Vision, sweat transform eyesore


October 09, 1994|By Donna Weaver | Donna Weaver,Contributing Writer

The interior of the three-story, Baltimore rowhouse was completely charred, the foundation was unsound, and termites had feasted on the wooden kitchen addition.

For James Moore, it was perfect.

"I could see the possibilities," says Mr. Moore, whose hobby is buying, renovating and selling Baltimore rowhouses. "It had three stories, and I could do a lot with it."

But Mr. Moore wanted this house for himself and his two children.

His kids had other ideas.

"When they saw the house, they said, 'No way,' " recalls the 37-year-old Baltimore native, who divorced his wife seven years ago. "But I told them to just be patient."

He bought the brick house in Washington Village three years ago for $12,000, then combed through magazines and design books for inspiration.

"I didn't want an ordinary-looking house," he says.

The home's special character is most visible in the living room. A spiral staircase to the second floor punctuates the room; the exposed brick fire walls at the entrance add texture to a room full of flat drywall. The brick walls ascend 20 feet, opening up part of the living room to the second floor.

There's a new oak floor and an antique mantle with a mirror and double-tiered Corinthian column on each side of the fireplace.

Several photos on the mantle show visitors just how far the house has come. The photos, taken just after Mr. Moore bought the house, show an interior full of charred debris.

"I knew I had to come in and fix everything," says Mr. Moore, who spent about two years renovating the house. The home was completed last January.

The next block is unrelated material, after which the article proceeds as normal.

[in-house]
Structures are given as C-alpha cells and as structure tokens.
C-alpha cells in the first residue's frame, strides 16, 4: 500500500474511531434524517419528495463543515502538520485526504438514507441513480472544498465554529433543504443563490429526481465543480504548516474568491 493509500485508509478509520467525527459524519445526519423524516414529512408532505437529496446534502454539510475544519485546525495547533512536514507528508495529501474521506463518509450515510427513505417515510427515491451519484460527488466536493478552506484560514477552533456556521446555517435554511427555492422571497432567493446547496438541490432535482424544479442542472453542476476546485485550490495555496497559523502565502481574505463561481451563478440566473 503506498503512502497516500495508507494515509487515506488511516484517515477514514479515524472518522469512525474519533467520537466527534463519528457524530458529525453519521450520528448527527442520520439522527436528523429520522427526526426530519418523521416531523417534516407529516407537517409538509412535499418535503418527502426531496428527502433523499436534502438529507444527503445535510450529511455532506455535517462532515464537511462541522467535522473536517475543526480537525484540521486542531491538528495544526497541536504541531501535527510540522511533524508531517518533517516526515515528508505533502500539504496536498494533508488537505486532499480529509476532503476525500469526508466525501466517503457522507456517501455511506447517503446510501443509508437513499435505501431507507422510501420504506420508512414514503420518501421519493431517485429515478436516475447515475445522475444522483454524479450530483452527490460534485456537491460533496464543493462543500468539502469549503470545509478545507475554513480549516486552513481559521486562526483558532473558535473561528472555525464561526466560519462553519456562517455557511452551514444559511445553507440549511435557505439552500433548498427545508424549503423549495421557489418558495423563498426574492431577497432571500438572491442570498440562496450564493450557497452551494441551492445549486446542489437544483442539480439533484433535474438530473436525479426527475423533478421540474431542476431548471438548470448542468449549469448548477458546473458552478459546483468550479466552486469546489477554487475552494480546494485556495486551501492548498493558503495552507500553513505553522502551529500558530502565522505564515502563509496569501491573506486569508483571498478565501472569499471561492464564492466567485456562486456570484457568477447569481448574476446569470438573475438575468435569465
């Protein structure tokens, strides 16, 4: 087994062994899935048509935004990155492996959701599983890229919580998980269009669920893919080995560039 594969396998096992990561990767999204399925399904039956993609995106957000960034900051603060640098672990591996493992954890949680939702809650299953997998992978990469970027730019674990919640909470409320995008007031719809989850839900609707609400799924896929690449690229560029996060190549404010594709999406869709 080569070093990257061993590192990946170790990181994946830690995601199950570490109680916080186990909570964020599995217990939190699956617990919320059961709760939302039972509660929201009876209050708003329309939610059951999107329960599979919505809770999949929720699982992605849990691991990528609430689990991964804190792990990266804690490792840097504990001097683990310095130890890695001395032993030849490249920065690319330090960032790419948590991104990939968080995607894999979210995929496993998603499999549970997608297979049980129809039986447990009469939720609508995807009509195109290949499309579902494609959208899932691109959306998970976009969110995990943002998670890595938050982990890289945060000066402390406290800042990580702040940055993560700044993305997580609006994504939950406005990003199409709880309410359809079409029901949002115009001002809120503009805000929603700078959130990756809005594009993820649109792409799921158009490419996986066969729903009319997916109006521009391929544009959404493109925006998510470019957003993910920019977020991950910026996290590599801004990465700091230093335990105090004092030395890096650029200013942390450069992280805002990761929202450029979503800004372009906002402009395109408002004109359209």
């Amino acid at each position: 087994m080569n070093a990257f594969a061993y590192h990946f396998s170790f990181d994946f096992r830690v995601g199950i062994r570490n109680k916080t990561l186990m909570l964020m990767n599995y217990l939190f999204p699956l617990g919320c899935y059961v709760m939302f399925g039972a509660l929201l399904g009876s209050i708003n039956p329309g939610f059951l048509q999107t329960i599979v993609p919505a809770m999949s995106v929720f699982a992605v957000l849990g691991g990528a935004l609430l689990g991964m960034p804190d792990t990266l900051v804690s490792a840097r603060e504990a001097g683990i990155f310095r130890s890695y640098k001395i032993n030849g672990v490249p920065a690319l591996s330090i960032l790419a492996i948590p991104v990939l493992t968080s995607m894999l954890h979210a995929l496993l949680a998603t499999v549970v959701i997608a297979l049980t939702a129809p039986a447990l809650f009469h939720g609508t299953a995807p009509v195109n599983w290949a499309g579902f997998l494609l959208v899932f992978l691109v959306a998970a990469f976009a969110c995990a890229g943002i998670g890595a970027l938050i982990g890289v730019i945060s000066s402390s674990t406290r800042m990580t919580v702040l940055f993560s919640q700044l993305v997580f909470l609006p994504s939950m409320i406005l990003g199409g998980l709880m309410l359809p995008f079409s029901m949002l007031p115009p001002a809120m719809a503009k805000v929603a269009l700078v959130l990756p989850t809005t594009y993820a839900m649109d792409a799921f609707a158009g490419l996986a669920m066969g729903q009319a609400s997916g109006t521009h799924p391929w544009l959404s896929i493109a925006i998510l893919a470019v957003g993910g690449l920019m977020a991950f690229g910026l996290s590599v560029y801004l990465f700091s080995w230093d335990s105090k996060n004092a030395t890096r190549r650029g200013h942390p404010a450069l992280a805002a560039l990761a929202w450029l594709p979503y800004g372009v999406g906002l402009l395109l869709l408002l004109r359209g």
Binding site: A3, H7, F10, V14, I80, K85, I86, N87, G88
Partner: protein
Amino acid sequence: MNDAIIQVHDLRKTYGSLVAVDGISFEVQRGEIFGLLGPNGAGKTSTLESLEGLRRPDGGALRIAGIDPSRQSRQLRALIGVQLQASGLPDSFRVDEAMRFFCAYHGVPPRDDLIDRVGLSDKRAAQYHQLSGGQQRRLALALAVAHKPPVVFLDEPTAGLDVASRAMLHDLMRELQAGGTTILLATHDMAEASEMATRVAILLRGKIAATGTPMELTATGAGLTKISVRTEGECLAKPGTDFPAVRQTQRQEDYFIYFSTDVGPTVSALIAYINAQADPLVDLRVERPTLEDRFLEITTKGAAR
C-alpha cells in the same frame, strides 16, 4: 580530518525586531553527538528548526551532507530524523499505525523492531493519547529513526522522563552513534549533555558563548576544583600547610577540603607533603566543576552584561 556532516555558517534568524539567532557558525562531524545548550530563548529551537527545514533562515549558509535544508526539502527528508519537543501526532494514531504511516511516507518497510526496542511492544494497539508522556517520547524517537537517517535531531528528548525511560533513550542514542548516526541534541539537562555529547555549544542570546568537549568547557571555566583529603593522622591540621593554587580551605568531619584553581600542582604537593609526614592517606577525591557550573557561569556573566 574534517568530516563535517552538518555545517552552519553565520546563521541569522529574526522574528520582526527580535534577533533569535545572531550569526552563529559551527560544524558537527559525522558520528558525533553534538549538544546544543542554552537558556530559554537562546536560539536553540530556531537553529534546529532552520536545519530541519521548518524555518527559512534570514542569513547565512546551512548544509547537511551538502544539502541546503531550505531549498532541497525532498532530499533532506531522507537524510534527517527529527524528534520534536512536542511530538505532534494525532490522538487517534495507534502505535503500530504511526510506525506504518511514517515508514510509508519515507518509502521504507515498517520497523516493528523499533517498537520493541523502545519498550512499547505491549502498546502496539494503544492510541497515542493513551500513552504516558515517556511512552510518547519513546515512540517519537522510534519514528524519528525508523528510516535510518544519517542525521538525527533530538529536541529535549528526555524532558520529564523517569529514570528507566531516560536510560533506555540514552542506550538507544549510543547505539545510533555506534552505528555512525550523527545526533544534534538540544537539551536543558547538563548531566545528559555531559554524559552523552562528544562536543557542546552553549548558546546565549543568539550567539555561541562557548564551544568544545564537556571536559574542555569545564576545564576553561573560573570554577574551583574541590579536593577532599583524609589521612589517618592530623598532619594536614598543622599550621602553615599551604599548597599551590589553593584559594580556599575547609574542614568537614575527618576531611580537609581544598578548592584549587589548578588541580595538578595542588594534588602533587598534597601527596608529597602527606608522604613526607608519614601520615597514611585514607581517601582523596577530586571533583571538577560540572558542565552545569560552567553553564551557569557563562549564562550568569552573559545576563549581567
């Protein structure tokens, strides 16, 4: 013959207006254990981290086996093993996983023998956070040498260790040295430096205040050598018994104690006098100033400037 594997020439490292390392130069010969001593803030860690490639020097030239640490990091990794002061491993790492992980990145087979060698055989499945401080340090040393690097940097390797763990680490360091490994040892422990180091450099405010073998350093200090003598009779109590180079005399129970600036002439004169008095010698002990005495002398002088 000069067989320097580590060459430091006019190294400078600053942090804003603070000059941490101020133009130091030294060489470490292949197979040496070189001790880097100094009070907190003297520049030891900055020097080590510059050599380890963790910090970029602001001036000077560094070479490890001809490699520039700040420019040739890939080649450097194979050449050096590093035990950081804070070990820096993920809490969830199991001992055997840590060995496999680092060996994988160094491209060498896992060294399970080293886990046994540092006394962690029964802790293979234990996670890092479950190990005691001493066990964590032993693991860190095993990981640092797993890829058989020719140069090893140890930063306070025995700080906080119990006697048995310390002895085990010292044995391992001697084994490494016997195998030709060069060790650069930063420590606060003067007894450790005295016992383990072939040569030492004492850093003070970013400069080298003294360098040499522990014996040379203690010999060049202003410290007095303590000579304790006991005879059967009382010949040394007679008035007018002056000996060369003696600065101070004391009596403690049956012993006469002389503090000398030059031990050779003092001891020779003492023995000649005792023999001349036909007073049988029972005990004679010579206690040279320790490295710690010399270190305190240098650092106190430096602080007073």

He did part of the work himself; contractors did the rest.

Mr. Moore paid contractors by performing construction work for them on other houses. For example, Mr. Moore paid the electrician by performing air-conditioning work at another house.

Although he saved money on labor at his home, he still spent $25,000 to $30,000 on materials. Part of the outlay was spent on rebuilding the kitchen and adding a bedroom above it.

Visitors step down into the kitchen because Mr. Moore wanted enough room to add two triangular-shaped transoms, which add plenty of light.

The kitchen also sports a colorful tile back-splash with a few hand-painted tiles over the cast-iron sink.

The kitchen also has a Jenn-Air grill, maple cabinets and a Formica counter top that resembles marble. The glittery, fan wallpaper has a three-dimensional quality that seems to sway with the changing light. A breakfast bar is in the middle of the long, narrow room.

"I have a friend who's an architect, and he told me that this breakfast bar wouldn't work," he says.

But it does. There's plenty of room to move around. In fact, this room is the soul of the Moore home.

"This is our hangout, our meeting place," says Mr. Moore, a mechanic for the Washington Metro.

He and his children eat, socialize and watch television in the kitchen. The home's only television is built into the kitchen wall.

"Where we lived before we spent a lot of time in our rooms because there were televisions there," he explains. "Now it's centralized in one place. The communication is different, and we're closer because of it."

The second floor is his kids' domain. His son, Adam, 10, has the balcony room, which overlooks the living room. His 14-year-old daughter, Tenea, has the bedroom at the other end of the house with windows that overlook the small back yard.

The bathroom has a ceramic tile picture of ocean fish.

Mr. Moore reserved the third floor for himself. The master bedroom suite consists of a skylight, fireplace, bathroom and roof deck.

The home fits the Moores' needs. But there is one missing room: a dining room.

"We need it for family gatherings," Mr. Moore says. "That may be next year's addition."

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